She is holding me right after I was born,
shortly before she died.
Everything I know about her is from pictures,
and there’s not many of those
because my grandfather took after Napoleon
in many ways and burned all evidence
of my grandmother’s existence
after her unwilling exit from his life.
She was beautiful,
and sometimes I think I miss her more
because I never got to bake pies
with her on Sunday
or walk down to the lake behind their house,
fish biting our toes in the frigid March water.
My favorite picture of her is at
Uncle Kevin’s wedding,
a Greek Orthodox affair where
my dad held a crown above Kevin’s head
for the entire ceremony and my cousin Dawn
was entrusted with the plaque of an unknown saint,
the satin bow in her hair contrasting
with the velvet decorations surrounding her.
My grandmother is in the narthex after the ceremony,
the unplanned subject of a photographer’s portrait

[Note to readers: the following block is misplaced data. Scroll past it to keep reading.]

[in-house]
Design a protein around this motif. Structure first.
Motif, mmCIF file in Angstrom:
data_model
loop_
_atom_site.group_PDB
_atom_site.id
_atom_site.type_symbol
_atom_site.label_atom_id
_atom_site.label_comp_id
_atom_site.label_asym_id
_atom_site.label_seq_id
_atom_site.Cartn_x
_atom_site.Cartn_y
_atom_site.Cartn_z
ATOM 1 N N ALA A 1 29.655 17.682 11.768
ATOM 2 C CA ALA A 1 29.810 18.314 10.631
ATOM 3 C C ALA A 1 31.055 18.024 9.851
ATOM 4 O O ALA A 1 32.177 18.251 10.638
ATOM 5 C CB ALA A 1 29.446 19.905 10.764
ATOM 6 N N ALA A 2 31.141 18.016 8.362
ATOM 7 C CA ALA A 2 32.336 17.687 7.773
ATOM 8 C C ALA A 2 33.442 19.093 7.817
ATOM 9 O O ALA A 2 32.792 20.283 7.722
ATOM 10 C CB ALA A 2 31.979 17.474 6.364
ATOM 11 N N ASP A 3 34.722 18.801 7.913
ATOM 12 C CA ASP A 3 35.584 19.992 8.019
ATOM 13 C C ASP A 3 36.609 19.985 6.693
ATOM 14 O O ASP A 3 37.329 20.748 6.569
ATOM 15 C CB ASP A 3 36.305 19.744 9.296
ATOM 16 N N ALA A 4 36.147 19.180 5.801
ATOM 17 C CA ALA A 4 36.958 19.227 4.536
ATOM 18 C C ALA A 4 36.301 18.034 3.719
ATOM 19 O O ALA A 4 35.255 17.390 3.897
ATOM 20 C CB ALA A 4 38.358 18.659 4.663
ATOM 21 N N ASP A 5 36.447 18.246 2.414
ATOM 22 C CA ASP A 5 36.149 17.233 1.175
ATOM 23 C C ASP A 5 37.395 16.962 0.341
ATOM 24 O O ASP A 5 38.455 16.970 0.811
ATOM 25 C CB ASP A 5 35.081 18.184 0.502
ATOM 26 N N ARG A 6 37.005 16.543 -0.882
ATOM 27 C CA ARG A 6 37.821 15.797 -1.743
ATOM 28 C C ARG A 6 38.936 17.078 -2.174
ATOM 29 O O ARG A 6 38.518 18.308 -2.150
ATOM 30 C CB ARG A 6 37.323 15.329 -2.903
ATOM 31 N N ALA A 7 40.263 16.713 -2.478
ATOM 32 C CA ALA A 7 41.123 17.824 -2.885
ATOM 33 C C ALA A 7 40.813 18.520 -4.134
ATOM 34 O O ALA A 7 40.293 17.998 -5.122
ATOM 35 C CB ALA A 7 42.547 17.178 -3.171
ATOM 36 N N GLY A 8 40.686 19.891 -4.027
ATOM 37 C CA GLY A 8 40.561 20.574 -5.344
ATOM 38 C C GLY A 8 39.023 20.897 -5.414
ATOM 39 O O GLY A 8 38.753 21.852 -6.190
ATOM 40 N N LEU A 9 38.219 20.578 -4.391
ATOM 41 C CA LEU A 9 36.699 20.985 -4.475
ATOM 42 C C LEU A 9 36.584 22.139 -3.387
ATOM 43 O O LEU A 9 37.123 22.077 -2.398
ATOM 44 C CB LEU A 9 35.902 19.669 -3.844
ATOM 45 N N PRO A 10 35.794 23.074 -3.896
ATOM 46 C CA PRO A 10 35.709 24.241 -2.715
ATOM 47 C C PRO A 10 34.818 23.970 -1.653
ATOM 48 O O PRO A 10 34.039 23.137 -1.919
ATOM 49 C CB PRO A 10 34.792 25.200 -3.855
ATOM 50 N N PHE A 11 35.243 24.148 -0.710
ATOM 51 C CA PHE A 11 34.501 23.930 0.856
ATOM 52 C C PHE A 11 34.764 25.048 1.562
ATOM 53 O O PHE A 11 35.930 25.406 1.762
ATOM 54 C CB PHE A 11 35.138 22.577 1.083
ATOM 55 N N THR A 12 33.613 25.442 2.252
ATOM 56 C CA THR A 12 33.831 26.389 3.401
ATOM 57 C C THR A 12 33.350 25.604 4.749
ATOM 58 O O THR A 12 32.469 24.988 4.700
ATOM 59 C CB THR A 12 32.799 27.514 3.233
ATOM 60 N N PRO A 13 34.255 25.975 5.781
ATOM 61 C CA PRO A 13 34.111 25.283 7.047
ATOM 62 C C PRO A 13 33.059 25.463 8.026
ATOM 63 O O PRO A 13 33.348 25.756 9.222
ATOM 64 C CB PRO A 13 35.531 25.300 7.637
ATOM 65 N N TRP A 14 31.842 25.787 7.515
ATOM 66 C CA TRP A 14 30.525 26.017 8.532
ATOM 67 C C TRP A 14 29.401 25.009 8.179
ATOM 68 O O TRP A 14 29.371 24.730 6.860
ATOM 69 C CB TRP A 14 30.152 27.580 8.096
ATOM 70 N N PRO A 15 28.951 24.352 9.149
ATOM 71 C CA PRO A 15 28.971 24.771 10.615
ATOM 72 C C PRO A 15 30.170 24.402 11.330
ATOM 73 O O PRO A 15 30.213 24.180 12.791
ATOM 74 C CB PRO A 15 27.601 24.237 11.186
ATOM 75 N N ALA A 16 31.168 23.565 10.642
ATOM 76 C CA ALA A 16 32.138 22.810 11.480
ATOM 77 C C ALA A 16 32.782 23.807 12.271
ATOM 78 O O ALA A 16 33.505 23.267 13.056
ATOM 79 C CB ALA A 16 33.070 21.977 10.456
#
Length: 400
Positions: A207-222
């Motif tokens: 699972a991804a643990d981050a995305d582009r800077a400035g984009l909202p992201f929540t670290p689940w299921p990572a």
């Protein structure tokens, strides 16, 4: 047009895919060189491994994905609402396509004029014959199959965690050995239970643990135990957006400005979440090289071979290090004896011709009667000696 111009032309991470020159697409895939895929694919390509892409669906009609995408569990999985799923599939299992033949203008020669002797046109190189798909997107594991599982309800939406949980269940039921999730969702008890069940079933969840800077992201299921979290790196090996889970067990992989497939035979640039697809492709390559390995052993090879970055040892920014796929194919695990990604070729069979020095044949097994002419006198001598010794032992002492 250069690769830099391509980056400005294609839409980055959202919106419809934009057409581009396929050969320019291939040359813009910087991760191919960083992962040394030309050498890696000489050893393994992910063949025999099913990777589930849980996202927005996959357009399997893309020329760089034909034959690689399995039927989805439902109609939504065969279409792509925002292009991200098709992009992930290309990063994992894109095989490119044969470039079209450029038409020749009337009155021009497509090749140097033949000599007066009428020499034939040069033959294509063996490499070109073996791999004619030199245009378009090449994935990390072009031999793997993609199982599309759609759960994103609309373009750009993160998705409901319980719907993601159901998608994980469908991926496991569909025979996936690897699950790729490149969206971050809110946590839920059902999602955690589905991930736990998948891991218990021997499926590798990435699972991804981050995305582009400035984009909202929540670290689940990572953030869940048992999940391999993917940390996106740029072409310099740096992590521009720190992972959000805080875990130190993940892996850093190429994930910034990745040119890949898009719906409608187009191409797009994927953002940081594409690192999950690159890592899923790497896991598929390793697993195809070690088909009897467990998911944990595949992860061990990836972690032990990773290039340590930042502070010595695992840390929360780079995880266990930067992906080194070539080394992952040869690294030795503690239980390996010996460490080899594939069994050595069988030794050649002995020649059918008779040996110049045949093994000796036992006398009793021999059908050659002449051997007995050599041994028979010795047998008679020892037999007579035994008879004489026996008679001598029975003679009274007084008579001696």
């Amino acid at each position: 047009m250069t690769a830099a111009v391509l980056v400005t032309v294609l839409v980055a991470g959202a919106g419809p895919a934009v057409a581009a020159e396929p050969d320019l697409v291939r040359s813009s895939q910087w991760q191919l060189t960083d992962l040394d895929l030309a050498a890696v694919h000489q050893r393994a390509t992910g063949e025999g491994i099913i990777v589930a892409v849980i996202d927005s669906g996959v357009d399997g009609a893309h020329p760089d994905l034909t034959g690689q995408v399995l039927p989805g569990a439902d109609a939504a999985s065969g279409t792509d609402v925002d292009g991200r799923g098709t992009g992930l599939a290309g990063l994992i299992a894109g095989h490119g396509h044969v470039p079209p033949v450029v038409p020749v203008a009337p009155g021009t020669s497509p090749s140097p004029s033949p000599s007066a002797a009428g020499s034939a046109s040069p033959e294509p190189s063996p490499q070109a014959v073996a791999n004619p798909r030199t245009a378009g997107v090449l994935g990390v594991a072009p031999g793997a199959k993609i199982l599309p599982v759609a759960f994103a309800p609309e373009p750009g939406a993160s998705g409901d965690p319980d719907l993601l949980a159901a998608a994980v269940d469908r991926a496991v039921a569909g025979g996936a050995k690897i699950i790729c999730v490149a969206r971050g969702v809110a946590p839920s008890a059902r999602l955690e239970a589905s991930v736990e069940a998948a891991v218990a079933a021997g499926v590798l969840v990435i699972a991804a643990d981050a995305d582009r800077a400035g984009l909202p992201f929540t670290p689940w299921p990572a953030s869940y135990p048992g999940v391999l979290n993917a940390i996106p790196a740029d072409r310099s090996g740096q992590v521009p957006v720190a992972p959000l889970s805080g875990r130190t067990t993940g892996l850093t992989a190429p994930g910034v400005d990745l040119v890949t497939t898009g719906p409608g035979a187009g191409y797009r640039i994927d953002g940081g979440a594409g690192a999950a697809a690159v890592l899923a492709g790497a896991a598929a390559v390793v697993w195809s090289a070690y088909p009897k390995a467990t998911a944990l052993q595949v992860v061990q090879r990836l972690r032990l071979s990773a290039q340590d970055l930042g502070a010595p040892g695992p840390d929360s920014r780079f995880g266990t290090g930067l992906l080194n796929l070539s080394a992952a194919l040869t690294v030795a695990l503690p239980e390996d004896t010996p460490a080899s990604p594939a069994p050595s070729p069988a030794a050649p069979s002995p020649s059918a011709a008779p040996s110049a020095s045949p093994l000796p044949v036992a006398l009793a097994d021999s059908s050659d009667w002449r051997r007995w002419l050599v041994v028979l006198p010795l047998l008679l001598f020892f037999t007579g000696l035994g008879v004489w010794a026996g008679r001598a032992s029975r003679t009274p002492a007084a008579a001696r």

even though she is almost out of the frame
patiently waiting for her newly married son.
Her jade suit glows in the sun’s rays.
An explosion of yellow flowers from graceful hands
lie comfortably against her chest.
Auburn hair arranged in Marilyn Monroe style
is accentuated by her emerald and gold necklace.
No one is looking at her, my beautiful grandmother,
Uncle Jim stares toward the altar, while my dad’s gaze
is aimed at the flowers just in front of her.
The nameless relatives in the background
are whispering secrets into cupped hands,
unaware of her presence. And in the next instant
she will be congratulating the bride and groom,
searching for my grandfather in the crowd,
looking forward to taking off her uncomfortable shoes,
singing Ave Maria quietly off-tune
in the soft November air,
where a photograph comes to life.